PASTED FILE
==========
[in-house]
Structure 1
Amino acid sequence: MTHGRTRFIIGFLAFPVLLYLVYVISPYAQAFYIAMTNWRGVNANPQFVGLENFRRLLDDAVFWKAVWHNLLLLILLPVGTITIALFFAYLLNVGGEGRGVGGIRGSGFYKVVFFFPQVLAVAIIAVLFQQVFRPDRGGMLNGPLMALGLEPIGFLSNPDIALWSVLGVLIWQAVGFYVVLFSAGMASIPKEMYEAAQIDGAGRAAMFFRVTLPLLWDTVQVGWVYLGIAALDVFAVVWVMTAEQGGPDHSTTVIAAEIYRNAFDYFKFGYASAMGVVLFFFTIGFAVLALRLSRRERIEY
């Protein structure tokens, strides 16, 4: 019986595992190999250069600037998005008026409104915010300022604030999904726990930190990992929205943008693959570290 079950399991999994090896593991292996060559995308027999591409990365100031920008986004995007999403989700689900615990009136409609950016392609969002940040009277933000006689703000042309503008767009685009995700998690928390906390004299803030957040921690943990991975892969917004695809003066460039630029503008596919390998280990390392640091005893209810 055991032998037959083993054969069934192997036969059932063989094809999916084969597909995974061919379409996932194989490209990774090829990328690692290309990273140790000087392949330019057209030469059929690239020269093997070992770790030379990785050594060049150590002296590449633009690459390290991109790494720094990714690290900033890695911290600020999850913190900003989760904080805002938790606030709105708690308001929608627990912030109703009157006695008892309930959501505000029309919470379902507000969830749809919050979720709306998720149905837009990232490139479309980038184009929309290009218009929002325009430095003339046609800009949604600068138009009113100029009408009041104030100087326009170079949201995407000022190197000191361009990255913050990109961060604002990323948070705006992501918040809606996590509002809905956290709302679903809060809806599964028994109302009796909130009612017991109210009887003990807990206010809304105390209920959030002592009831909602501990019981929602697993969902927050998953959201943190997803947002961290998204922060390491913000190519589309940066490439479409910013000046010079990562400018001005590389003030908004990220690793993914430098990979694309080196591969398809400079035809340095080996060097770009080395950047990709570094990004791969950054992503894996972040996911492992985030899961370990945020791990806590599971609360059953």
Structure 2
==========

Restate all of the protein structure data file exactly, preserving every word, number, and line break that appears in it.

[in-house]
Structure 1
Amino acid sequence: MTHGRTRFIIGFLAFPVLLYLVYVISPYAQAFYIAMTNWRGVNANPQFVGLENFRRLLDDAVFWKAVWHNLLLLILLPVGTITIALFFAYLLNVGGEGRGVGGIRGSGFYKVVFFFPQVLAVAIIAVLFQQVFRPDRGGMLNGPLMALGLEPIGFLSNPDIALWSVLGVLIWQAVGFYVVLFSAGMASIPKEMYEAAQIDGAGRAAMFFRVTLPLLWDTVQVGWVYLGIAALDVFAVVWVMTAEQGGPDHSTTVIAAEIYRNAFDYFKFGYASAMGVVLFFFTIGFAVLALRLSRRERIEY
């Protein structure tokens, strides 16, 4: 019986595992190999250069600037998005008026409104915010300022604030999904726990930190990992929205943008693959570290 079950399991999994090896593991292996060559995308027999591409990365100031920008986004995007999403989700689900615990009136409609950016392609969002940040009277933000006689703000042309503008767009685009995700998690928390906390004299803030957040921690943990991975892969917004695809003066460039630029503008596919390998280990390392640091005893209810 055991032998037959083993054969069934192997036969059932063989094809999916084969597909995974061919379409996932194989490209990774090829990328690692290309990273140790000087392949330019057209030469059929690239020269093997070992770790030379990785050594060049150590002296590449633009690459390290991109790494720094990714690290900033890695911290600020999850913190900003989760904080805002938790606030709105708690308001929608627990912030109703009157006695008892309930959501505000029309919470379902507000969830749809919050979720709306998720149905837009990232490139479309980038184009929309290009218009929002325009430095003339046609800009949604600068138009009113100029009408009041104030100087326009170079949201995407000022190197000191361009990255913050990109961060604002990323948070705006992501918040809606996590509002809905956290709302679903809060809806599964028994109302009796909130009612017991109210009887003990807990206010809304105390209920959030002592009831909602501990019981929602697993969902927050998953959201943190997803947002961290998204922060390491913000190519589309940066490439479409910013000046010079990562400018001005590389003030908004990220690793993914430098990979694309080196591969398809400079035809340095080996060097770009080395950047990709570094990004791969950054992503894996972040996911492992985030899961370990945020791990806590599971609360059953």
Structure 2